The year 2023 proved to be another exciting 12 months for research in human evolution. Many of the top stories tell us more about the diet and tool use of our early ancestors and relatives and the environment where they lived. Others provide evidence for behaviors: hunting, making jewelry and interacting with each other in previously unexplored ways. Whether by taking a fresh look at previously excavated fossils or uncovering new evidence altogether, all of these stories expand the breadth of knowledge about our shared ancient past and bring to light more information about what it means to be human.

Neanderthals were the resident gourmands of ancient Eurasia.

the skeleton of a lion with a spear
The skeleton of a cave lion found at Siegsdorf, in Germany, which had lesions indicating it had been hunted by Neanderthals. Volker Minkus / NLD

Neanderthals are probably the most well-known hominins among our closest relatives. How they lived and why they went extinct while modern humans survived is a topic of great scientific and public interest.

New research this year gives us more clues about how Neanderthals lived and hunted and what they might have eaten. Three studies shed new light on Neanderthal behavior and diet, increasingly showing that our closest extinct relatives are not that different from us.

First up is a study from October by a team headed by Gabriele Russo. Analyzing the bones of a 48,000-year-old cave lion from Siegsdorf in southern Germany, the researchers discovered a clear puncture mark on one of the ribs, three marks potentially left from wooden spears, and multiple cut marks across other bones. The team also analyzed additional cave lion remains from Einhornhöhle in northern Germany and concluded, based on cut marks found on the phalanges, or toe bones, that Neanderthals were hunting cave lions for their skins.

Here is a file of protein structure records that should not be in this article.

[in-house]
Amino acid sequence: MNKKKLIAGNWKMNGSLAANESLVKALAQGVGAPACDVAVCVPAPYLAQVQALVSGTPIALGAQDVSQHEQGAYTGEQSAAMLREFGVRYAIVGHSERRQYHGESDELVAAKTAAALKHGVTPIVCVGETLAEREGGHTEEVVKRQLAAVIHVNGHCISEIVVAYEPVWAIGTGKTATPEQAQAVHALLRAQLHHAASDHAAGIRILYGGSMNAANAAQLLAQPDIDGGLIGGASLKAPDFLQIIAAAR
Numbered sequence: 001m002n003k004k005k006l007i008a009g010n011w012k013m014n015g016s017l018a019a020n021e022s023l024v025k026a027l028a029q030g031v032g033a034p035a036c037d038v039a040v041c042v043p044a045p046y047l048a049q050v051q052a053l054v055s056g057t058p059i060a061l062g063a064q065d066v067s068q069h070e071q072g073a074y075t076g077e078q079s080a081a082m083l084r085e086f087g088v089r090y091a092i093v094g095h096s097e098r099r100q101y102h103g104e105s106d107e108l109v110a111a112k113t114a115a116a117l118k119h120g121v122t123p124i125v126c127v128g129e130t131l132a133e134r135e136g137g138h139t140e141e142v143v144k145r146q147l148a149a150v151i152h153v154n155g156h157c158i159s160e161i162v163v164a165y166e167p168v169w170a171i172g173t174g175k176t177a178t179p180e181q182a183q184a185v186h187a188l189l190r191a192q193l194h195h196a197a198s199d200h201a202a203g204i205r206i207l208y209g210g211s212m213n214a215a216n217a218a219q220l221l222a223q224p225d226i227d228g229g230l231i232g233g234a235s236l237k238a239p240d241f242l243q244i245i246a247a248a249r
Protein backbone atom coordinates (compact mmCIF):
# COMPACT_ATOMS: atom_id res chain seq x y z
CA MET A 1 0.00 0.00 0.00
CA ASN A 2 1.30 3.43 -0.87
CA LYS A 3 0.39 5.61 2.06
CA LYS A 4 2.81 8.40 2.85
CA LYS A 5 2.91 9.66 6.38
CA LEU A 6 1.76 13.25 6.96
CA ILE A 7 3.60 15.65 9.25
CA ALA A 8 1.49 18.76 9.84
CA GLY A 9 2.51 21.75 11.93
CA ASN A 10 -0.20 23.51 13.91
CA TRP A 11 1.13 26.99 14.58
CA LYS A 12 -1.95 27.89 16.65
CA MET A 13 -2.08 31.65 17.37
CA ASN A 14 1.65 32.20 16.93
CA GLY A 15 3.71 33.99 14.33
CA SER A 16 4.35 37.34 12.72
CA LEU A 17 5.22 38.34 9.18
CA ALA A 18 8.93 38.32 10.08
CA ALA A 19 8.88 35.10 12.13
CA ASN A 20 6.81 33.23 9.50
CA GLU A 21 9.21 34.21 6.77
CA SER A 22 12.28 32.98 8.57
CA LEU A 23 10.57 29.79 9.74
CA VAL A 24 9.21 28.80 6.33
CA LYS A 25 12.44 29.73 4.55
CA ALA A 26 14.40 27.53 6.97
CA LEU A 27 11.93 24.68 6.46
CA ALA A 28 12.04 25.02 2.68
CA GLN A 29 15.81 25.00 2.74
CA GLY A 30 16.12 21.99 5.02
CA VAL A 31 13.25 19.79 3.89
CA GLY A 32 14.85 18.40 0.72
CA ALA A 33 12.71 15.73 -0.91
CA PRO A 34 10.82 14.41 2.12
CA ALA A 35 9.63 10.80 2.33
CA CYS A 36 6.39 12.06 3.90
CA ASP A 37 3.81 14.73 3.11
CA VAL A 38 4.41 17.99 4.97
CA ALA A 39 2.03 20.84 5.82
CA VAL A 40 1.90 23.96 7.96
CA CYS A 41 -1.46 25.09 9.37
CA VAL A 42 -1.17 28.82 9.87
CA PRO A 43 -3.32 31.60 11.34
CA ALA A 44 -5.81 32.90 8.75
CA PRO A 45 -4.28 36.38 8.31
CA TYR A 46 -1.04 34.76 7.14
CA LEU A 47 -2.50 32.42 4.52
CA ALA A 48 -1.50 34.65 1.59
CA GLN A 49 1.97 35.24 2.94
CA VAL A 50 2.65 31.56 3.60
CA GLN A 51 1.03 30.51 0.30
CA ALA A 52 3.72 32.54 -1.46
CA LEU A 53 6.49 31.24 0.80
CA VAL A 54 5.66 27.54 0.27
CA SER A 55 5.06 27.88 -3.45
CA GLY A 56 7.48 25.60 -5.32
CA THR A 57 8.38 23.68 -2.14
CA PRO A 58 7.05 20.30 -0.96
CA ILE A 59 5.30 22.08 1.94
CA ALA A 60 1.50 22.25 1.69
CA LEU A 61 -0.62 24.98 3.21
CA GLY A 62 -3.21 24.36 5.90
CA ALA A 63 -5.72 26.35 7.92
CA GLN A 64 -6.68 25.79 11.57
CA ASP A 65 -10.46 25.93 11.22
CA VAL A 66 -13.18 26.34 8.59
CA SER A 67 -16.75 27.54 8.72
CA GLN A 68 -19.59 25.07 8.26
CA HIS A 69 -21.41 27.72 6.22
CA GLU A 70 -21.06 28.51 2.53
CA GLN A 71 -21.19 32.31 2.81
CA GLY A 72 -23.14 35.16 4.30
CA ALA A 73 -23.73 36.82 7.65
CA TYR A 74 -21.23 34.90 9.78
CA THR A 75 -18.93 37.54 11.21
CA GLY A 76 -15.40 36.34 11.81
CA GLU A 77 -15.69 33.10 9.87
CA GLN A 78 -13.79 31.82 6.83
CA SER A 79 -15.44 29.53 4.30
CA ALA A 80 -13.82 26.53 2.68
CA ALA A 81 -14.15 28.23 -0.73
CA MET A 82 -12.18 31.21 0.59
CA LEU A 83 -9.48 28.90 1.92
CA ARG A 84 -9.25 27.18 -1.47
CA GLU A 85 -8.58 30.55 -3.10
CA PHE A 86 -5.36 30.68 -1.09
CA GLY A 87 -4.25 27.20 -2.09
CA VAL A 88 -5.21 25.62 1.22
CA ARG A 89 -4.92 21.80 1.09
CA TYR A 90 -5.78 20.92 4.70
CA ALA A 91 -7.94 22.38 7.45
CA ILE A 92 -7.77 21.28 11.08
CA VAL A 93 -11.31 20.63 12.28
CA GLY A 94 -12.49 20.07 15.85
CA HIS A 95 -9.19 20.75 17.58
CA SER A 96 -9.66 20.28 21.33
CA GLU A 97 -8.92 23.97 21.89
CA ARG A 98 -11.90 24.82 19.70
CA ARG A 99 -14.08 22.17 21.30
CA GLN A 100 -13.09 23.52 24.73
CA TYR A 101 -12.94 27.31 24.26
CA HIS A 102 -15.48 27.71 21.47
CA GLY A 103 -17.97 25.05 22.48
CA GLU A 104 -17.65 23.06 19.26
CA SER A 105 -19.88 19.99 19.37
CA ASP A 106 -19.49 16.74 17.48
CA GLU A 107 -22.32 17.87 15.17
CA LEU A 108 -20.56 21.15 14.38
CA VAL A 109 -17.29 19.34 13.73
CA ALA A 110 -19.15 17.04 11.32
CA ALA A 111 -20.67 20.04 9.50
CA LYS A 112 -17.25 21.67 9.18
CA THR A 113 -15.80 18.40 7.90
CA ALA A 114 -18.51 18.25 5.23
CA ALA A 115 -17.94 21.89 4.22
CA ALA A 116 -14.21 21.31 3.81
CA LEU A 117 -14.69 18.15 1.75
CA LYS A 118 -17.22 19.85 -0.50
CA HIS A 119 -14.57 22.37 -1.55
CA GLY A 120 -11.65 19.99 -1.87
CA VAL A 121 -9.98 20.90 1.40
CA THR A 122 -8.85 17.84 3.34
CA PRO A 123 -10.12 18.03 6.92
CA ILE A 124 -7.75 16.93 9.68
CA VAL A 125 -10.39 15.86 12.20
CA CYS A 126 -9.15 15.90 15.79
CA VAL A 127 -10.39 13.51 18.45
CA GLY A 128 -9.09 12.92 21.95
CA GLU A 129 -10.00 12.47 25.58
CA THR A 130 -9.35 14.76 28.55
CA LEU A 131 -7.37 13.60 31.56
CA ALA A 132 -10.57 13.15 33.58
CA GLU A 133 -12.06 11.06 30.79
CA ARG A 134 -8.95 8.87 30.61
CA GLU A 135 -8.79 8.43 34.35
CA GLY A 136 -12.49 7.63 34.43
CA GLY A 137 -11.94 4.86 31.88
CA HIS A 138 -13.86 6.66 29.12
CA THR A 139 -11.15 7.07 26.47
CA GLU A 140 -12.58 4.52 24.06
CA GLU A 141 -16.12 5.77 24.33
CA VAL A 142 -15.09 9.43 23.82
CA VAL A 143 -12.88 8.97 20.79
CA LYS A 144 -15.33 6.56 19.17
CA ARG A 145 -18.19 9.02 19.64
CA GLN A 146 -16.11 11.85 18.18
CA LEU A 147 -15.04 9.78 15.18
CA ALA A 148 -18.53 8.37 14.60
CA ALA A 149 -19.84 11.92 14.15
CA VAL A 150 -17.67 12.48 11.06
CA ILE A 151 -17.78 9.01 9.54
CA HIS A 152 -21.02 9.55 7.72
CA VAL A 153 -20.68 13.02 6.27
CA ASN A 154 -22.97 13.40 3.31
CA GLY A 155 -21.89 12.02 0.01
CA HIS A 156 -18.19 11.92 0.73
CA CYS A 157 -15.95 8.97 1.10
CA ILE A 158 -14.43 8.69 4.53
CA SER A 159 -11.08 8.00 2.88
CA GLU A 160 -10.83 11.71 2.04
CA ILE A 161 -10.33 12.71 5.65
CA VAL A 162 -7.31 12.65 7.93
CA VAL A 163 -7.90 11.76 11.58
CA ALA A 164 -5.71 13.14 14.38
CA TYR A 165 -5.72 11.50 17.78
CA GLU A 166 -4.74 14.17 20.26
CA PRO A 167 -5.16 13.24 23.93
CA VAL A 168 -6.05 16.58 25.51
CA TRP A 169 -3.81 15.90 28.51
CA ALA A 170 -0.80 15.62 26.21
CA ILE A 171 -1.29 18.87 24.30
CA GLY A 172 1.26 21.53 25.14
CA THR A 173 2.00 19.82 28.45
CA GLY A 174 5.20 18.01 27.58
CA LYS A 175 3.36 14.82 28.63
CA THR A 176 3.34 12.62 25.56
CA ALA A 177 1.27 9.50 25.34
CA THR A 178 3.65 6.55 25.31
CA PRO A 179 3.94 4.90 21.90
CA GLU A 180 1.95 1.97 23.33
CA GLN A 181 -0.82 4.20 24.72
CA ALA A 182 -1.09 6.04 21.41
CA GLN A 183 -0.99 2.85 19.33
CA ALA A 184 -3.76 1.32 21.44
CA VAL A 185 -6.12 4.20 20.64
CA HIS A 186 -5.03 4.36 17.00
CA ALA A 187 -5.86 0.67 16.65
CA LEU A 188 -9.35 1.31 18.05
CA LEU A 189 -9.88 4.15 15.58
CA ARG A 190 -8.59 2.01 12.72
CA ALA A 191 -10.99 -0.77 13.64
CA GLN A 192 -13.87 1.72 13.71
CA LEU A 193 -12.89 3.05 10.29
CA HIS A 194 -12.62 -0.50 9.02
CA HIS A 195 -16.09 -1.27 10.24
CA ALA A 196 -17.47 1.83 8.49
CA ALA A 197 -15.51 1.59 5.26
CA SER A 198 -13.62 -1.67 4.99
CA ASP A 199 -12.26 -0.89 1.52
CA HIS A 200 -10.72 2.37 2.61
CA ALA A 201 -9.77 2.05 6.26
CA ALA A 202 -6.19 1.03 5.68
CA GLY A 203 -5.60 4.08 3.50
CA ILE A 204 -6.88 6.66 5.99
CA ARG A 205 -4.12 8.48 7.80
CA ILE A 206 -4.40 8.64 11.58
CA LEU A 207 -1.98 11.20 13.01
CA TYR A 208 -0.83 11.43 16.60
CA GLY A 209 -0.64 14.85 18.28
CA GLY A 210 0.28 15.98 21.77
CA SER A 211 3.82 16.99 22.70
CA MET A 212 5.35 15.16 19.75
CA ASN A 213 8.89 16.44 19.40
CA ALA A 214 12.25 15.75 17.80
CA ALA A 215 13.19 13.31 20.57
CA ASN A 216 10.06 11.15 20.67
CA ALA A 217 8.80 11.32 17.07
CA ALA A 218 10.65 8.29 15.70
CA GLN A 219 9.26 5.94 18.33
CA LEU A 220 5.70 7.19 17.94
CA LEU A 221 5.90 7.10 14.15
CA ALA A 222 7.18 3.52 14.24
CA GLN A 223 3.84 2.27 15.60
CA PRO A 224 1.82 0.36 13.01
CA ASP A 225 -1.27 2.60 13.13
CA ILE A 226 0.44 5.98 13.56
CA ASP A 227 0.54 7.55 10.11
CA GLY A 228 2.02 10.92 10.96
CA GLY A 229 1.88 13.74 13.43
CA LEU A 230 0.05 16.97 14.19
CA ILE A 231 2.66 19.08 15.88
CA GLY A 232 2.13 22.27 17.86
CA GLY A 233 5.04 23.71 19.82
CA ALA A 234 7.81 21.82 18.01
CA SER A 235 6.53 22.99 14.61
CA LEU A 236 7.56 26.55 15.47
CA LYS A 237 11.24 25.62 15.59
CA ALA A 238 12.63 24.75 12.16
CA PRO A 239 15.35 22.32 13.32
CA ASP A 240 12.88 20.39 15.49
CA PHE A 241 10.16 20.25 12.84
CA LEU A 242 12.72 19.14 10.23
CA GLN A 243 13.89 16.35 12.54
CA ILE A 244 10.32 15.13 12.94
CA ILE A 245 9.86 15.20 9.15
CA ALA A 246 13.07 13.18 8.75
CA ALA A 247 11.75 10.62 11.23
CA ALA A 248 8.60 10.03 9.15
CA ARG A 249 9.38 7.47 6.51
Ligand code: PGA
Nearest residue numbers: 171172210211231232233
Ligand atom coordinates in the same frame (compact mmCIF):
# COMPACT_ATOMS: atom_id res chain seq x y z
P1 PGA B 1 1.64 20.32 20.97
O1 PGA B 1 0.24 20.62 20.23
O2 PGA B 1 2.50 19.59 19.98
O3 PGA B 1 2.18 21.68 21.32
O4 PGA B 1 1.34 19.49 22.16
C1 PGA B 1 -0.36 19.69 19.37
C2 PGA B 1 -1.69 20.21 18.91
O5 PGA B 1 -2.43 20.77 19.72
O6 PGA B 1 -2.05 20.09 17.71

The evidence suggests that Neanderthals were hunting and butchering cave lions, an apex predator, which would have been a dangerous target. The consumption of meat from cave lions is one hypothesis for why Neanderthals show, based on nitrogen isotopes, a unique nitrogen-rich dietary signature that gets concentrated as it moves up the food chain. The ability of Neanderthals to successfully hunt high-risk prey suggests the potential for communication, planning and cooperation in hunting.

To bring down big game, Neanderthals organized hunting parties.

Speaking of high-risk prey, the second study in February found that 125,000 years ago in central Germany Neanderthals were hunting and butchering giant now-extinct elephants.

Sabine Gaudzinski-Windheuser and colleagues studied a massive collection of more than 3,000 bones from 70 individual straight-tusked elephants from the site of Neumark-Nord 1, originally excavated in the 1980s and 1990s. Cut marks on bones from all across the elephants’ bodies indicate that Neanderthals were able to get to the meat, brains and even fat from the elephants’ foot pads. Most of the elephants butchered were large adult males, which in modern elephant groups often live alone—so they may have been a lower-risk, higher-return prey target.

Straight-tusked elephants were the largest animals in Europe at the time, growing more than 13 feet tall and weighing up to 13 tons. The researchers estimated that just one large male elephant could have yielded four tons of meat, fed 25 Neanderthals for three months, and taken three to five days for a group that size to process.

This huge amount of meat suggests that Neanderthals may have gathered in larger groups, perhaps seasonally, and had some kind of food storage or preservation techniques. Furthermore, the dating of elephant bones at the site covers a span of about 2,000 years, demonstrating a behavior that continued in the same place across generations.

Gaudzinski-Windheuser’s research team published in December additional similar evidence of straight-tusked elephant butchery at two other, contemporaneous Neanderthal sites at Gröbern and Taubach in Germany, indicating that Neumark-Nord 1 was not a one-off; Neanderthals on the North European plain routinely exploited straight-tusked elephants during the Last Interglacial Period.

Neanderthals feasted at a crab roast by the sea.

a brown crab on rocks
Neanderthals may have cooked and ate brown crabs as early as 90,000 years ago. Tomasz Ochocki via Shutterstock

The next research study, published in February by Mariana Nabais and colleagues, provides evidence for Neanderthals exploiting marine resources—crabs.